persons that participate in the government securities market,
including, but not limited to: government securities brokers and
dealers, depository institutions that exercise investment discretion,
registered investment companies, registered investment advisers,
pension funds, hedge funds and insurance companies that may control a
reportable position in a recently-issued marketable Treasury bill, note
or bond as those terms are defined in Sec. 420.2.
    (b) Notwithstanding paragraph (a) of this section, foreign central
banks, foreign governments and international monetary authorities are
exempt from this part. This exemption is not applicable to a broker,
dealer, financial institution or other entity that engages primarily in
commercial transactions and that may be owned in whole or in part by a
foreign government.
    (c) Notwithstanding paragraph (a) of this section, Federal Reserve
Banks are exempt from this part for the portion of any reportable
position they control for their own account.

Sec. 420.2  Definitions.

    For the purposes of this part:
    (a) ``Aggregating entity'' means a single entity (e.g., a parent
company, affiliate, or organizational component) that is combined with
other entities, as specified in paragraph (i) of this section, to form
a reporting entity. In those cases where an entity has no affiliates,
the aggregating entity is the same as the reporting entity.
    (b) ``Control'' means having the authority to exercise investment
discretion over the purchase, sale, retention or financing of specific
Treasury securities. Only one entity should be considered to have
investment discretion over a particular position.
    (c) ``Gross financing position'' is the sum of the gross par
amounts of a security issue received from financing transactions,
including reverse repurchase transactions and bonds borrowed, and as
collateral for financial derivatives and other securities transactions
(e.g., margin loans). In calculating the gross financing position, a
reporting entity may not net its positions against repurchase
transactions, securities loaned, or securities pledged as collateral
for financial derivatives and other securities transactions. However, a
reporting entity may elect to reduce its gross financing position by
the par amount of the security received in transactions: in which the
counterparty retains the right to substitute securities; that are
subject to third party custodial relationships; or that are hold-in-
custody agreements.
    (d) ``Large position threshold'' means, with respect to a
reportable position, the dollar par amount such position must equal or
exceed in order for a reporting entity to be required to submit a large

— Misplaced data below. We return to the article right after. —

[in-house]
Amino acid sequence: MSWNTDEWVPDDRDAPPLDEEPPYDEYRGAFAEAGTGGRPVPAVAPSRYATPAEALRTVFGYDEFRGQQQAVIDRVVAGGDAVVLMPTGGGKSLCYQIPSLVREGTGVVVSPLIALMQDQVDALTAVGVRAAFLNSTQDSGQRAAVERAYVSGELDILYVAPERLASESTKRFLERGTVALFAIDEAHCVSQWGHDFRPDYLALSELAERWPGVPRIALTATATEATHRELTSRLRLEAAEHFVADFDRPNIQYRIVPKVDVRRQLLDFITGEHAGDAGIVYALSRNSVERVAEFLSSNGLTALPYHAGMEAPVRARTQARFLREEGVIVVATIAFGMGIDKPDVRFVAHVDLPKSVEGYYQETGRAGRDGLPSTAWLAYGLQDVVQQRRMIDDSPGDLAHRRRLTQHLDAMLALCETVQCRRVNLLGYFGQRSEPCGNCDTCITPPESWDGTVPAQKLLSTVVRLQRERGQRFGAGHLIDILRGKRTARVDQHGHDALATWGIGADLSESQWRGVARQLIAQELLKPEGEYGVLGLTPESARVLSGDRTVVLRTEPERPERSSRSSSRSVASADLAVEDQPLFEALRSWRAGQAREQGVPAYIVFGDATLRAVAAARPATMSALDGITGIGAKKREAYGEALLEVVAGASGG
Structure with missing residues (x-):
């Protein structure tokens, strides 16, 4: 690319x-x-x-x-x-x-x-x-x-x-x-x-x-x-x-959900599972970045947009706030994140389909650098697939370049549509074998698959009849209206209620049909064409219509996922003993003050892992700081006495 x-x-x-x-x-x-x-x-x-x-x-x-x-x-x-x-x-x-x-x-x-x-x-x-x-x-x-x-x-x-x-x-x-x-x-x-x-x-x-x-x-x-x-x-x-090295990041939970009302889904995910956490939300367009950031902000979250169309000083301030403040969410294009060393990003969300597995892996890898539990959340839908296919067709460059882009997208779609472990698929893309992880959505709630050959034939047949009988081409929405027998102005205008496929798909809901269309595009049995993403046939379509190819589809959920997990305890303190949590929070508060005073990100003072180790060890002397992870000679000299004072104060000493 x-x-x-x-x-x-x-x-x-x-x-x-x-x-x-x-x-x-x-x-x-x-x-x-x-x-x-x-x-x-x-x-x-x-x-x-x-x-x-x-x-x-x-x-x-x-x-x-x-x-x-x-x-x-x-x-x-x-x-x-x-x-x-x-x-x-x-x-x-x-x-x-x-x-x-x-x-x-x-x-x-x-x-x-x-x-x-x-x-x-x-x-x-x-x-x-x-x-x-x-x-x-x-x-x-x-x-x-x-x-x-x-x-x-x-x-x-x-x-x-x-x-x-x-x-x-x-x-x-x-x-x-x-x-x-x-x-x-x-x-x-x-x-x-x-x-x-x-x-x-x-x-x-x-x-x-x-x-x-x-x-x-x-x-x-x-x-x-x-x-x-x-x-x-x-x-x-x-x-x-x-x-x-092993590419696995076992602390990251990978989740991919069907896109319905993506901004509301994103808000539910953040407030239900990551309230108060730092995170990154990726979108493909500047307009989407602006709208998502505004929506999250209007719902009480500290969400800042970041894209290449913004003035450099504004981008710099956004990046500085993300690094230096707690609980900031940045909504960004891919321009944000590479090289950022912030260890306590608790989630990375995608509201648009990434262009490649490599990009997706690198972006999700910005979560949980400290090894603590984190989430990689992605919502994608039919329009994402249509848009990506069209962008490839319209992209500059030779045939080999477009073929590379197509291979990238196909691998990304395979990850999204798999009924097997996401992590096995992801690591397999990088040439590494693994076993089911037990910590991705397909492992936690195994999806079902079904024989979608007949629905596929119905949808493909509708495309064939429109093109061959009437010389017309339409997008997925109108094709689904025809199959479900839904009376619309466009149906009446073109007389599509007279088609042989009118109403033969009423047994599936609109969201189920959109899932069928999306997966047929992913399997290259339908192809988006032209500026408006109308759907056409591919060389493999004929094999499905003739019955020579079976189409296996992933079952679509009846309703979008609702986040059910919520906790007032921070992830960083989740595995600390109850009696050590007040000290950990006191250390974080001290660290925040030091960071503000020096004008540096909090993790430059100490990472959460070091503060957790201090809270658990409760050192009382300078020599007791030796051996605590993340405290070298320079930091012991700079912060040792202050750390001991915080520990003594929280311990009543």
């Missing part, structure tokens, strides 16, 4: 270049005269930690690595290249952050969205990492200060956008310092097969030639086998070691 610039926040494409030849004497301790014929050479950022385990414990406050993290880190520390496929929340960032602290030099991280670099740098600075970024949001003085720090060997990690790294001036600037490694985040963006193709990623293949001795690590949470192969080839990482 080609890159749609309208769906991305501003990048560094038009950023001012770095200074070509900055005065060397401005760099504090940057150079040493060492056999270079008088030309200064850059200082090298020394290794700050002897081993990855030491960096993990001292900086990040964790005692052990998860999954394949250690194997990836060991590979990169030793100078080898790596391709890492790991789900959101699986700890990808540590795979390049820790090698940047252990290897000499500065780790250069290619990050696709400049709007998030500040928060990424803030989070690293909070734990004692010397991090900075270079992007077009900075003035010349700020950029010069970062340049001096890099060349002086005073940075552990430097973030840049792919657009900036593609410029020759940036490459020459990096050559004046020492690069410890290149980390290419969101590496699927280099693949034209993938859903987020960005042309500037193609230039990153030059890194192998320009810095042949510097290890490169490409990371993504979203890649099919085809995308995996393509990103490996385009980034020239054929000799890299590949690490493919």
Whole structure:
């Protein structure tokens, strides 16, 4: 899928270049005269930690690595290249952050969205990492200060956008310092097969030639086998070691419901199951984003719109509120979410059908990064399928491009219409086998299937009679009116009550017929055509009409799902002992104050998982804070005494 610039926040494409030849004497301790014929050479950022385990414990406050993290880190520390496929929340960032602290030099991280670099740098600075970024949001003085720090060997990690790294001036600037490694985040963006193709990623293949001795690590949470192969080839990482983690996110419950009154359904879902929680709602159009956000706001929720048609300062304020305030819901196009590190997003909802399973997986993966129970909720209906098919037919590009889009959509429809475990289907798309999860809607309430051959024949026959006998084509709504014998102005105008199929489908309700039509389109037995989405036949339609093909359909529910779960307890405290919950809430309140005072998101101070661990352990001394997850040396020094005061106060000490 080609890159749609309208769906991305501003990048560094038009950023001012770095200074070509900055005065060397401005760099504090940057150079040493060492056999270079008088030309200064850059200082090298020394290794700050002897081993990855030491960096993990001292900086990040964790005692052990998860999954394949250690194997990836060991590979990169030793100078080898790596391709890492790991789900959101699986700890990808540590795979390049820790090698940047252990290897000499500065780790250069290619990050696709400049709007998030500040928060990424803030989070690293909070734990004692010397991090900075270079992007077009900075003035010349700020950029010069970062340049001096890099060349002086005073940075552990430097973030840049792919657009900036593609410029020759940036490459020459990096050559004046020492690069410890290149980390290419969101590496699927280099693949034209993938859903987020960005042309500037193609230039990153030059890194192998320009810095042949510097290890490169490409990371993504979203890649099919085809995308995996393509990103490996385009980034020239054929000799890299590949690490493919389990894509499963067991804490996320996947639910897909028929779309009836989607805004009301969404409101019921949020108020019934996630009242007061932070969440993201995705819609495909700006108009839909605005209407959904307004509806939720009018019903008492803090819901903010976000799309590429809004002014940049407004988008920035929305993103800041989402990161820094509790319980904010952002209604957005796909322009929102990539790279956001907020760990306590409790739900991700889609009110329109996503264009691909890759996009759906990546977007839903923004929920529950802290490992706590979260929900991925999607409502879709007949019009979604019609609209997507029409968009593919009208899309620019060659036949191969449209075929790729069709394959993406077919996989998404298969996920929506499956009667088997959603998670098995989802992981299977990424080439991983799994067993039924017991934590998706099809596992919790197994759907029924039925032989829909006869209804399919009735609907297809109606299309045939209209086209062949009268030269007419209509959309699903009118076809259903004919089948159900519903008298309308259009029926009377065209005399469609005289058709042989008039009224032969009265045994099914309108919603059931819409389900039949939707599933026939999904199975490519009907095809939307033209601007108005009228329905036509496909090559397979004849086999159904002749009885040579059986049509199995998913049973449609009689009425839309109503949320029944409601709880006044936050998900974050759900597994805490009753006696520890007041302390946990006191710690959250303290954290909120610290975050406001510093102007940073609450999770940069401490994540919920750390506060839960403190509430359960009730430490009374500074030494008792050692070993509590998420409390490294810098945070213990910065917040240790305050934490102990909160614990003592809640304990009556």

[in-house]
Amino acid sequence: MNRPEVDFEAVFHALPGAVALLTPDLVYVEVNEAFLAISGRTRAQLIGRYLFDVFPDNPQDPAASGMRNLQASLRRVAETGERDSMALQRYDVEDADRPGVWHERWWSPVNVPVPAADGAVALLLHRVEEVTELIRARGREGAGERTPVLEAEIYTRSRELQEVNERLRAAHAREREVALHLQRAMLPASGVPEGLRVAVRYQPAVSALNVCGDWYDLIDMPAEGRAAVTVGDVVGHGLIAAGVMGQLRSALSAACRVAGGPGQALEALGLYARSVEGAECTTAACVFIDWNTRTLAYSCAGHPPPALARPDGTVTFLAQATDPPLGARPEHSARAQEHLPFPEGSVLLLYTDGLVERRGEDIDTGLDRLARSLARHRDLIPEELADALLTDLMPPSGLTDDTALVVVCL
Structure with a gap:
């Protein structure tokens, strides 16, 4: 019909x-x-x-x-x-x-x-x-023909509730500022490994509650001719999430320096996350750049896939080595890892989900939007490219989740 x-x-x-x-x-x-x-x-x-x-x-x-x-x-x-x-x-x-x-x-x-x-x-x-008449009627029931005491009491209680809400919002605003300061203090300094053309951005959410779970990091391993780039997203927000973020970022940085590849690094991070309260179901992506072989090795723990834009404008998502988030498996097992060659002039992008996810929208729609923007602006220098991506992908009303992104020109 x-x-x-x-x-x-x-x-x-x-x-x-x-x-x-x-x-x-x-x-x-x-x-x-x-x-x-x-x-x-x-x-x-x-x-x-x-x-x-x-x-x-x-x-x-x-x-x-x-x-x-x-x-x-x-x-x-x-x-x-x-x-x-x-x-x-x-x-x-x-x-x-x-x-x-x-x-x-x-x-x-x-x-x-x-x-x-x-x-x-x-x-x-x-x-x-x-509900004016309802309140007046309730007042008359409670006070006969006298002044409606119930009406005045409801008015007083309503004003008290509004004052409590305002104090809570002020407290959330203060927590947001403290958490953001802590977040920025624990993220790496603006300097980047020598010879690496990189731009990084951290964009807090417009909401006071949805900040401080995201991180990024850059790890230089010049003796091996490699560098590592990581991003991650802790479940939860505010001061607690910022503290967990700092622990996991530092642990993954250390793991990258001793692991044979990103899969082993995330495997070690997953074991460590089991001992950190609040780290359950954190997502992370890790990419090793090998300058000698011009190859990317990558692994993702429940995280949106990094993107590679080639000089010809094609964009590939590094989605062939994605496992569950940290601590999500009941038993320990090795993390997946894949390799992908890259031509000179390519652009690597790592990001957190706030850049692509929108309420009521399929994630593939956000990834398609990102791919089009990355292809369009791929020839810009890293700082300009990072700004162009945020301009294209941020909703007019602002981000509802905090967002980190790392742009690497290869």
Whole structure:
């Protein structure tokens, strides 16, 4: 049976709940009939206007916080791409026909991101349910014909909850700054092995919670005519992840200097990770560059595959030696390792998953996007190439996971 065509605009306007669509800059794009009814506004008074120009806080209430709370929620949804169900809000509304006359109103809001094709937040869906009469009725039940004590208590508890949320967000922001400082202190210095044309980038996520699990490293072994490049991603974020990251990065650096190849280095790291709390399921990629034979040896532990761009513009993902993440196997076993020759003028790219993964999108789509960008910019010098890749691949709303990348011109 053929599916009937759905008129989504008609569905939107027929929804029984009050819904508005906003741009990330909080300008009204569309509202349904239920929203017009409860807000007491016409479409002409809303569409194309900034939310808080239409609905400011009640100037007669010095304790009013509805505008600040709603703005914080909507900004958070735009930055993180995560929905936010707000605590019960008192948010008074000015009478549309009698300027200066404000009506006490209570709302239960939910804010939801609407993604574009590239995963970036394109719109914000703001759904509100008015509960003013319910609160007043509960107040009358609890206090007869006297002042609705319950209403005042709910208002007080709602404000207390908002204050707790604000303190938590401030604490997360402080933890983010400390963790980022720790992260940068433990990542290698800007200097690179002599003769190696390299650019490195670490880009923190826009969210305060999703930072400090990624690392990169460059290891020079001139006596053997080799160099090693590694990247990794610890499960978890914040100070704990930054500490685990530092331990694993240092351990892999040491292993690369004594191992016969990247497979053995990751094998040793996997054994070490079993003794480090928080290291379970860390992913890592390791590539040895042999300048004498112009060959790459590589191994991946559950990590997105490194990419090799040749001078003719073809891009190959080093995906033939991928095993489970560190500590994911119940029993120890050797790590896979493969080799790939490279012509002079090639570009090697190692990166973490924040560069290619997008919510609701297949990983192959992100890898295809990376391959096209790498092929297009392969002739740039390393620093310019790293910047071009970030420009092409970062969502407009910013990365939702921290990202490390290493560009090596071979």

position report. The large position threshold will be announced by the
Department and may vary with each notice of request to report large
position information and with each specified Treasury security.
However, under no circumstances will a large position threshold be less
than $2 billion.
    (e) ``Net fails position'' is the net par amount of ``fails to
receive'' less ``fails to deliver'' in the same security. The net fails
position, as reported, may not be less than zero.
    (f) ``Net trading position'' is the net sum of the following
respective positions in the specific security issue:
    (1) Cash/immediate net settled positions;
    (2) Net when-issued positions;
    (3) Net forward positions, including next-day settling;
    (4) Net futures contract positions that require delivery of the
specific security; and
    (5) Net holdings of STRIPS principal components of the security.

[[Page 48349]]

    (g) ``Recently-issued'' means:
    (1) With respect to Treasury securities that are issued quarterly
or more frequently, the three most recent issues of the security (e.g.,
in early April, the January, February, and March 2-year notes).
    (2) With respect to Treasury securities that are issued less
frequently than quarterly, the two most recent issues of the security.
    (3) With respect to a reopened security, the entire issue of a
reopened security (older and newer portions) based on the date the new
portion of the reopened security is issued by the Department (or for
when-issued securities, the scheduled issue date).
    (4) For all Treasury securities, a security announced to be issued
or auctioned but unissued (when-issued), starting from the date of the
issuance announcement. The most recent issue of the security is the one
most recently announced.
    (5) Treasury security issues other than those specified in
paragraphs (g)(1) and (2) of this section, provided that such large
position information is necessary and appropriate for monitoring the